Table of Contents
Due to Covered's method of abstracting coverage from a dumpfile, a partial "resimulation" of the design is needed to obtain proper statistics for line, combinational logic and FSM metrics. Therefore, accurately resimulating what occurred in the actual simulation is a requirement for obtaining correct results. This can be easily achieved so long as the design doesn't contain any code that could result in potential race conditions.
To avoid this problem Covered performs automatic race condition checking on the specified design after parsing has been completed but before simulation/scoring is performed. All statement blocks in the design that don't adhere to certain coding guidelines are removed from coverage consideration by Covered. By following these coding guidelines, a design should be void of race condition scenarios that would lead to faulty simulation results. The following coding guidelines are applied by Covered when checking for race conditions:
All sequential logic and latches use non-blocking assignments.
All combinational logic in an always block uses blocking assignments.
All mixed sequential and combinational logic in the same always block uses non-blocking assignments.
Blocking and non-blocking assignments should not be used in the same always block.
Assignments made to a variable should only be done within one always block.
The $strobe system call should only be used to display variables that were assigned using non-blocking assignments. (Not currently implemented)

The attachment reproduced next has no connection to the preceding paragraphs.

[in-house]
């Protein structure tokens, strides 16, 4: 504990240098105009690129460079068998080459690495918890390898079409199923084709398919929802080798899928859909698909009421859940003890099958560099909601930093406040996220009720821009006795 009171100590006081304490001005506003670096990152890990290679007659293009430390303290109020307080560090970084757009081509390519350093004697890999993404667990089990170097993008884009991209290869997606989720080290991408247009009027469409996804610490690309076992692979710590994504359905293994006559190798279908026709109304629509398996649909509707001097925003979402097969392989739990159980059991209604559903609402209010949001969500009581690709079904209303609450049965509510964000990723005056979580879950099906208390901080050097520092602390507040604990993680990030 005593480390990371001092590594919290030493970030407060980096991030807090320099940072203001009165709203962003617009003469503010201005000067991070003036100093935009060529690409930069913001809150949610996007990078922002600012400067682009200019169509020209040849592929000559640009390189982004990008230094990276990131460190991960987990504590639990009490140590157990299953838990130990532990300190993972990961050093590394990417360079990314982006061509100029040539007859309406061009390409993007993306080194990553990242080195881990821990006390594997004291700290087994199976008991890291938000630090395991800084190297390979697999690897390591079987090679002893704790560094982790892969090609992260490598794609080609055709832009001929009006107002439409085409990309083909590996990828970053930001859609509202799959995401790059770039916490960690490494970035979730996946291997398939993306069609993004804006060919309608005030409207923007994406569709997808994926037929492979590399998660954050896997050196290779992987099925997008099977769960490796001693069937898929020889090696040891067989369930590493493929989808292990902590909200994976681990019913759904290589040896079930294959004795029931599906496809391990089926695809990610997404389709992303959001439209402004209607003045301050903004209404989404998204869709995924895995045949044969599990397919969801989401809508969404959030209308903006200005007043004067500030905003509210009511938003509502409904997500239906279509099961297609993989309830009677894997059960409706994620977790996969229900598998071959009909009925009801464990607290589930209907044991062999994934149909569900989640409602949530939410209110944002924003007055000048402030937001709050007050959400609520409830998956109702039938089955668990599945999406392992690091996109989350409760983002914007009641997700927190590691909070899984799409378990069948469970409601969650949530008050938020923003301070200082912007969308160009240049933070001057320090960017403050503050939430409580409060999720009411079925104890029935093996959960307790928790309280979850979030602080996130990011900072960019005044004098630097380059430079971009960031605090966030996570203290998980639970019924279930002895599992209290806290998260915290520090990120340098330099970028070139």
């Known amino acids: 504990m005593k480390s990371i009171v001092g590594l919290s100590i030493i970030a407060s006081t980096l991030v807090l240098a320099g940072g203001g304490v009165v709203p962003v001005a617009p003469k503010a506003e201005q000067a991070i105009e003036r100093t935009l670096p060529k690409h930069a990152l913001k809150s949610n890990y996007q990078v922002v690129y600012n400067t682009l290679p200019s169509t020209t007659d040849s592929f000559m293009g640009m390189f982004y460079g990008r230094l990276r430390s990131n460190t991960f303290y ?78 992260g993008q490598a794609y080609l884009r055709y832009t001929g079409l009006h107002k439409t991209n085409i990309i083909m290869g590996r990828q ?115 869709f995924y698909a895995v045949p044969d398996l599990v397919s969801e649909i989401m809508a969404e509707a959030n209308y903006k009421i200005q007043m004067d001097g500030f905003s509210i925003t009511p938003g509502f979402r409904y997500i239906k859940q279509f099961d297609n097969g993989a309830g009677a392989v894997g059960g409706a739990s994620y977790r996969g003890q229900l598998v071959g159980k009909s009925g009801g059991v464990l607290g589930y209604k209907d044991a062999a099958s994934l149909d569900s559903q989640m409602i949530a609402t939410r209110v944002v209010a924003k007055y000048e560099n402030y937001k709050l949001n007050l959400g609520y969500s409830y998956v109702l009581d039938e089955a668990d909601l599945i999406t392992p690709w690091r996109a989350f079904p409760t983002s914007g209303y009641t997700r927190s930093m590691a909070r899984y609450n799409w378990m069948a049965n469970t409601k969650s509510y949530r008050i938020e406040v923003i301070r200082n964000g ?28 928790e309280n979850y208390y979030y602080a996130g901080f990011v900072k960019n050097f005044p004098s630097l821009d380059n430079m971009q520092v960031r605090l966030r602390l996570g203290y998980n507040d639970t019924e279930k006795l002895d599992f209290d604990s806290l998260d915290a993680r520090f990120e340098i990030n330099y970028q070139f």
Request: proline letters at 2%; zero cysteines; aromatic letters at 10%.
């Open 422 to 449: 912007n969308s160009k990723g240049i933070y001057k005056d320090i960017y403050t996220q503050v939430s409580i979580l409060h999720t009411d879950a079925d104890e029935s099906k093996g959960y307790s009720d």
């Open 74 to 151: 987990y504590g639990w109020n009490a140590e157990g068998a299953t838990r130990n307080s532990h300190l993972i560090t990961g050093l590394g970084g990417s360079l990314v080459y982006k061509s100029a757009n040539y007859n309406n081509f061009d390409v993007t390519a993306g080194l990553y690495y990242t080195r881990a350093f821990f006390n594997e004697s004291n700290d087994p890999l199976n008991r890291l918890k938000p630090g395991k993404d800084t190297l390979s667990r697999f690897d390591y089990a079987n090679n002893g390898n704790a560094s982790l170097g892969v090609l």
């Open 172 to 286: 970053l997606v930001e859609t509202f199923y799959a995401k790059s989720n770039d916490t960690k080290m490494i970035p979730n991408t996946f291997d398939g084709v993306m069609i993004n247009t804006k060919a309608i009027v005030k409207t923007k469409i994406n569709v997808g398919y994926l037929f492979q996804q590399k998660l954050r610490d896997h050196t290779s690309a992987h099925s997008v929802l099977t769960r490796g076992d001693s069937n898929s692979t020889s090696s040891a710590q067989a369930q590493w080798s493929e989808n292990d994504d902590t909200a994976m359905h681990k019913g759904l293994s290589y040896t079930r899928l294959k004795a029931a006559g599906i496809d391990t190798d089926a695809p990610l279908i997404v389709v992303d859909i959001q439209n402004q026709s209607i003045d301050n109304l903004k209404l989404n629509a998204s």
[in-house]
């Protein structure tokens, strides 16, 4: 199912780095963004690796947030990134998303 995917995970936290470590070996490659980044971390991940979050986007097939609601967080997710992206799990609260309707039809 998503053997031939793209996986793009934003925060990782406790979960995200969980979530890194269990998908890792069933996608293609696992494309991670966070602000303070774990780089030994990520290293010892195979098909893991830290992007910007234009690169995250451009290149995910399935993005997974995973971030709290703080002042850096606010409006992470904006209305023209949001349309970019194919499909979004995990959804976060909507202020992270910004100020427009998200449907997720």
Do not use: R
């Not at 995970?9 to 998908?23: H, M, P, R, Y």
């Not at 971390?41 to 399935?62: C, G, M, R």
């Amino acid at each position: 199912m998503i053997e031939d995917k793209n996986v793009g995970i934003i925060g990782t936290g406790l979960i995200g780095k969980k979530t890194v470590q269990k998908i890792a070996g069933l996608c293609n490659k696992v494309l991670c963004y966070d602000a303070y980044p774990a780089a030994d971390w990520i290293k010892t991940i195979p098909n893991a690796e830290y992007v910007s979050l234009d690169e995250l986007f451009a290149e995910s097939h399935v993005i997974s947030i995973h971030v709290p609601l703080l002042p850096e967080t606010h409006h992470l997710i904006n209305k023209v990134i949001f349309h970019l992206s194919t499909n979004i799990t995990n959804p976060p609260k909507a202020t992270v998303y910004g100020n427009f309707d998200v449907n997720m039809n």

No #0 procedural assignments should exist. (Not currently implemented)
If Covered detects a block as violating any one of the above mentioned coding guidelines, it will do one of two things depending on options specified to the score command by the user.
or none of the -r options are specified, Covered will simply remove the non-conforming always block from
coverage consideration and continue with scoring.
display a message describing detected race conditions during the scoring command while the
-rS option will display no messages.
-rE option is specified, Covered will halt the score
command after all race condition checking has been performed with a message to the user specifying how many
always blocks were found to be in non-compliance to the race-condition-free coding guidelines.
The first mode of operation is the recommended mode of operation as this will allow Covered to continue calculating coverage information for the design while still providing accurate coverage information for the logic that is still under consideration. The second mode of operation is meant to allow the user to use Covered as a race-condition checking tool.
Covered has three means of avoiding race condition checking: (1) skip race condition checking for the entire design altogether, (2) skip race condition checking for one or more specified modules, or (3) place inline pragmas around specific logic blocks to avoid checking. The main advantage for using either of these methods is to allow Covered to score more of the design that would otherwise be excluded due to failing a static race condition checkpoint. The main disadvantage to avoiding race condition checking using either of these methods is that you could potentially be ignoring code that contains an actual race condition, causing Covered to potentially generate incorrect coverage information without warning. These types of "errors" are not assumed to be Covered bugs.